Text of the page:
- Police Beat
- The Forecaster
YARMOUTH — Residents passed all 29 warrant articles with no discussion and no objections at Tuesday night’s annual Town Meeting.
The recipient of the town’s annual Latchstring Award, and several town officials were also recognized during the meeting at Yarmouth High School.
The $26.6 million school budget now goes to a validation referendum June 11, and, if passed, would add 65 cents per $1,000 of valuation to the tax rate. Coupled with the $14.3 million municipal budget approved Tuesday, total school and town spending would increase the tax rate by 93 cents, from $17.83 per $1,000 of valuation to $18.76.
Residents will also vote Tuesday on a slate of municipal candidates. There are four candidates for two seats on the Town Council and two uncontested candidates for two seats on the School Committee.
The council candidates are current Council Chairman Robert Waeldner, Randall Bates, Chris Tanguay and Peter Fromuth.
The two running for School Committee are current Chairwoman Anne Fleming and Jessica Garrou, who is running for the seat being vacated by Leah Guay.
The last item on the warrant was a proposal to create a new Environmental Health and Hazards Reserve Fund, which would be used primarily to combat the browntail moth, but could also be used for other emergent threats.
The night was not all business, however, as the town celebrated the recipient of its annual Latchstring Award, Linda Grant.
Grant was recognized for 25 years of service to the town, including as a member of the Village Improvement Society, the Yarmouth Historical Society and the 2010 Comprehensive Plan Committee.
In introducing Grant, Waeldner thanked her for the “time, creativity and passion” she has shared over the years, as well as her efforts at building community.
Grant said she has enjoyed her years of work on a variety of projects important to the town, but also said it takes a lot of willing hands to get things done.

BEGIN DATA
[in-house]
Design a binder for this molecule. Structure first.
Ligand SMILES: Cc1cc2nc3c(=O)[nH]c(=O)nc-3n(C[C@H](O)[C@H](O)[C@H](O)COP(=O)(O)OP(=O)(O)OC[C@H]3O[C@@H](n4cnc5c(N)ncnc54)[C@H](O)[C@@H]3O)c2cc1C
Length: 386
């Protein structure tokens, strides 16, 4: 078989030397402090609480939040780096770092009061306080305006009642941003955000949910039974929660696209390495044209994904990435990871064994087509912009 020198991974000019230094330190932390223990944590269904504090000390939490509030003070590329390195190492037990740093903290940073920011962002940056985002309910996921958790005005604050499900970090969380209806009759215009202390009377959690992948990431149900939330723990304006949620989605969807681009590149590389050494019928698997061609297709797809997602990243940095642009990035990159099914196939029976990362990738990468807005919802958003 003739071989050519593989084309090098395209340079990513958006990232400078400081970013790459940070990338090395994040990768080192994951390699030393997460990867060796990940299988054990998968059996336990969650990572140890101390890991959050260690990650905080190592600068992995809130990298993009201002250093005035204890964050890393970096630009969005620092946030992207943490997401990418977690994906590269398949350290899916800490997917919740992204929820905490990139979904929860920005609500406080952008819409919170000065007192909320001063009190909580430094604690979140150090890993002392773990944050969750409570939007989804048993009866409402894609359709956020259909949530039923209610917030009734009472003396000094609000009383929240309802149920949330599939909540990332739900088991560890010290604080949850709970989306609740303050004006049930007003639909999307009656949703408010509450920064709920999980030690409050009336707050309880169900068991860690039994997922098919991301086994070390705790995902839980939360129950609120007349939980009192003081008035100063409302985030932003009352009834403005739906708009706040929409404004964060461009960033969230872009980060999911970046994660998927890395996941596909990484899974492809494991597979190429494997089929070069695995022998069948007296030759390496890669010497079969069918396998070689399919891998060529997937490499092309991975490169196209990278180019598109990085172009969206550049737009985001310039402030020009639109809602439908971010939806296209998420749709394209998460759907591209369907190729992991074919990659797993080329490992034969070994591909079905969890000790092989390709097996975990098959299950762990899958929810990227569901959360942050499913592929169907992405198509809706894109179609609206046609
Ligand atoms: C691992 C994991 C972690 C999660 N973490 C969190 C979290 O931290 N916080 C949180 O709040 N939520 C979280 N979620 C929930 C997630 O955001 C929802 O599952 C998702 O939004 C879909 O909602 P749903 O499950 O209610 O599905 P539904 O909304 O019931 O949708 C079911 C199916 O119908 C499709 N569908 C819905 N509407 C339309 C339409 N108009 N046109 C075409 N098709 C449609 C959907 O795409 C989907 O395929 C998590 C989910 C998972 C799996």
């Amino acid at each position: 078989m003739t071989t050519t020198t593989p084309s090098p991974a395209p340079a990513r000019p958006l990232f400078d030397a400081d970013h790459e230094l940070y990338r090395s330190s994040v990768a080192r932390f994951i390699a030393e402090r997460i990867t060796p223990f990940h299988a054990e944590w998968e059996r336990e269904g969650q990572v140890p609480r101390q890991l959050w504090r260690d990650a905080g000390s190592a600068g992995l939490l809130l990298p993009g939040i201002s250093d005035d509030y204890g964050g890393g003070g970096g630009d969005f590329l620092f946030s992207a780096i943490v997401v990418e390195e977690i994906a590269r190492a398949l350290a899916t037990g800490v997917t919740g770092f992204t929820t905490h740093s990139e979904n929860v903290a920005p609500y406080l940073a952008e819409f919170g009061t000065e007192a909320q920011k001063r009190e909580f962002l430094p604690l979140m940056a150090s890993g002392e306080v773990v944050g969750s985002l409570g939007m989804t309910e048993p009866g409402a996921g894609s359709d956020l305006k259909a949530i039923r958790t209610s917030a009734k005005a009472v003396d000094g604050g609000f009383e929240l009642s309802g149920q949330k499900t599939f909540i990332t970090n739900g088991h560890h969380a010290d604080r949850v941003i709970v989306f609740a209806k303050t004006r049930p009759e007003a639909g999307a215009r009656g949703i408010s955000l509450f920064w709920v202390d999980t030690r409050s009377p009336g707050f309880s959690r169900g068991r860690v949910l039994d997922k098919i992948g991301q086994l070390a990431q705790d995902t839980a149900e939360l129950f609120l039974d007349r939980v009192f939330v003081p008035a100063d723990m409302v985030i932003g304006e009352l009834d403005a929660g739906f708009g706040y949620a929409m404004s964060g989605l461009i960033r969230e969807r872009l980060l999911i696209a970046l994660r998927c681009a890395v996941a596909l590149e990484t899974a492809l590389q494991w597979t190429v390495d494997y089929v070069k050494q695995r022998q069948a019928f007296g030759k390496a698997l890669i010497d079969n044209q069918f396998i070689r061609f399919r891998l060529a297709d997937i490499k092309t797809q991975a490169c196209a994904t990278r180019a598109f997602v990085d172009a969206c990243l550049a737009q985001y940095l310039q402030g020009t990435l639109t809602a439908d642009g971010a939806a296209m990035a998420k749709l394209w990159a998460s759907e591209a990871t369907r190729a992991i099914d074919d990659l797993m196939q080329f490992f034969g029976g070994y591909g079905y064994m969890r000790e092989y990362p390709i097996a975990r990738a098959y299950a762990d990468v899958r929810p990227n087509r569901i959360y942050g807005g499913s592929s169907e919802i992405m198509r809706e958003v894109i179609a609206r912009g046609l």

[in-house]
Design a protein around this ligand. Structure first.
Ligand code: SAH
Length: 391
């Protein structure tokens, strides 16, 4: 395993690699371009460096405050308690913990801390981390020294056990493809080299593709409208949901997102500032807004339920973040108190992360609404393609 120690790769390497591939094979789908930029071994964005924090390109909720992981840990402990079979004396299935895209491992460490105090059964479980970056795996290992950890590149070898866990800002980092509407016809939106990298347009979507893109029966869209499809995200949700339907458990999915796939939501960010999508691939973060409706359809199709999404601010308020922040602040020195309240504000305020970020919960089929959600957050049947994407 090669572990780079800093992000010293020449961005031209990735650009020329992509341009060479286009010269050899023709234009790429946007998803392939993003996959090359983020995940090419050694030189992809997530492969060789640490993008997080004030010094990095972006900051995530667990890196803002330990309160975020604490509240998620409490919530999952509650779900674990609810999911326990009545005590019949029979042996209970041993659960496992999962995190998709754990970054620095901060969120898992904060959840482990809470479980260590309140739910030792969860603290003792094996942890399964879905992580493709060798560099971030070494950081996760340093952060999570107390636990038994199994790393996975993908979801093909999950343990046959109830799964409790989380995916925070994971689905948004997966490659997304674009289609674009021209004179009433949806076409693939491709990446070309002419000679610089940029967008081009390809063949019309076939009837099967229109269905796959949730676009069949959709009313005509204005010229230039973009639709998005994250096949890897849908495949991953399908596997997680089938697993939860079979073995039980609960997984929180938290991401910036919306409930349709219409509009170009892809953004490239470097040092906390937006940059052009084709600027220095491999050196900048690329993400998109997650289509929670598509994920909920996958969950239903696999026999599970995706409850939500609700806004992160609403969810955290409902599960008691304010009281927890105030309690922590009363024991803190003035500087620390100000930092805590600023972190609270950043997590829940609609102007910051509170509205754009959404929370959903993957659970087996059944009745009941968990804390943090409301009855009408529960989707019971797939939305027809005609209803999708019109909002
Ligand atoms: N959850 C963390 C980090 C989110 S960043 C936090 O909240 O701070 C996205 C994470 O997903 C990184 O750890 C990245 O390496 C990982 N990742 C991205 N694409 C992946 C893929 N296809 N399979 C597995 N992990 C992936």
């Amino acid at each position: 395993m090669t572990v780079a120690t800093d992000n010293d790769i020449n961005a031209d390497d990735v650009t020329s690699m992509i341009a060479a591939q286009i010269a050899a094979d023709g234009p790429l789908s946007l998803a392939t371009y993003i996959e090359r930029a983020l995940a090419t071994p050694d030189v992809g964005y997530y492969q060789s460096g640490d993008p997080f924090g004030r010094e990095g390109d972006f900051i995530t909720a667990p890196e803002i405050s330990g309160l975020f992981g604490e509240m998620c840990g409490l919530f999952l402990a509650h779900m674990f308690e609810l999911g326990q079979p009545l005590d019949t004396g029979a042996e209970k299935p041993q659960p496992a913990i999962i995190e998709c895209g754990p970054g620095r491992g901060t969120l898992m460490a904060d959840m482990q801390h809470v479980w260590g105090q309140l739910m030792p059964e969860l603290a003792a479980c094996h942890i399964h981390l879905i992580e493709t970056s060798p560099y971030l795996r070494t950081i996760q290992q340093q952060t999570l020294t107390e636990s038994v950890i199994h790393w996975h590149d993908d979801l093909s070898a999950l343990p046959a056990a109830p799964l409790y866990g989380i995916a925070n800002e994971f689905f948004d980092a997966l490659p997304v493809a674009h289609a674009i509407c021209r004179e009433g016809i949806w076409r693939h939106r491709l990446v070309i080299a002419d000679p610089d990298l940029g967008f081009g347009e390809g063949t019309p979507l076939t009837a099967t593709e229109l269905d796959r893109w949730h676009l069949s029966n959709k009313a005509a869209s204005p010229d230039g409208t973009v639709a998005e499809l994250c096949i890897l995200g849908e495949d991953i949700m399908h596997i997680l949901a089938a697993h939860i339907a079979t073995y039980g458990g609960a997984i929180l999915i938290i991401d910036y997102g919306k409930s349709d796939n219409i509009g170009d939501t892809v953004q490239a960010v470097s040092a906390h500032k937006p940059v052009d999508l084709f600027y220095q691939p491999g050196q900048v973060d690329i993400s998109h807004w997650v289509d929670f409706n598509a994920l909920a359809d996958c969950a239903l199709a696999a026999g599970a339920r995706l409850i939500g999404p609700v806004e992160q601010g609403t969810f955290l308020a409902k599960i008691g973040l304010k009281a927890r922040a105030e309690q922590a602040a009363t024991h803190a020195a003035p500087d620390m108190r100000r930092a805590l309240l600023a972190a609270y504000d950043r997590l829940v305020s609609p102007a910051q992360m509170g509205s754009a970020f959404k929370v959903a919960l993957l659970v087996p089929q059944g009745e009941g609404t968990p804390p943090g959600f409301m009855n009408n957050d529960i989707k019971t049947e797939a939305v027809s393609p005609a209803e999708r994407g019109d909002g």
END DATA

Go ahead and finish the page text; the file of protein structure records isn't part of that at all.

She also thanked the town staff, and Town Manager Nat Tupper in particular, for being helpful and engaged.
Town leaders also took the opportunity Tuesday to honor retiring Police Chief Mike Morrill for his 42 years of service to the Police Department, including the last 16 as chief.
Tupper called Morrill a “mainstay of the community” and noted his professionalism, his leadership, his sense of humor and his “unwavering commitment to the people of Yarmouth.”
Morrill received a prolonged standing ovation and said while he appreciated Tupper’s words of praise, it was really “the very talented group of people” he worked with that made his job both “rewarding and enjoyable.”
Morrill said he’s been blessed to work “with an exceptional group of coworkers, who truly care about the community they serve.”
Morrill will also be feted at a public reception from 9 a.m.-1 p.m. Thursday, June 6, at Town Hall.
Before voting began Tuesday, the town also celebrated the service of outgoing Councilor Pat Thompson and Guay.
Waeldner said that during her six years on the Town Council, Thompson had provided “invaluable service” and he praised her for always being “fair and cooperative during deliberation.”
In summing up the long hours it takes to serve on a town board, Guay said she finally convinced her family that a bowl of cereal could be dinner.
Yarmouth residents approved every warrant article at the June 4 annual Town Meeting at Yarmouth High School.
Linda Grant received Yarmouth’s annual Latchstring Award for outstanding service to the community during the annual Town Meeting Tuesday.
Yarmouth’s retiring Police Chief Mike Morrill received a prolonged standing ovation for his 42 years of service to the town during Tuesday’s annual Town Meeting.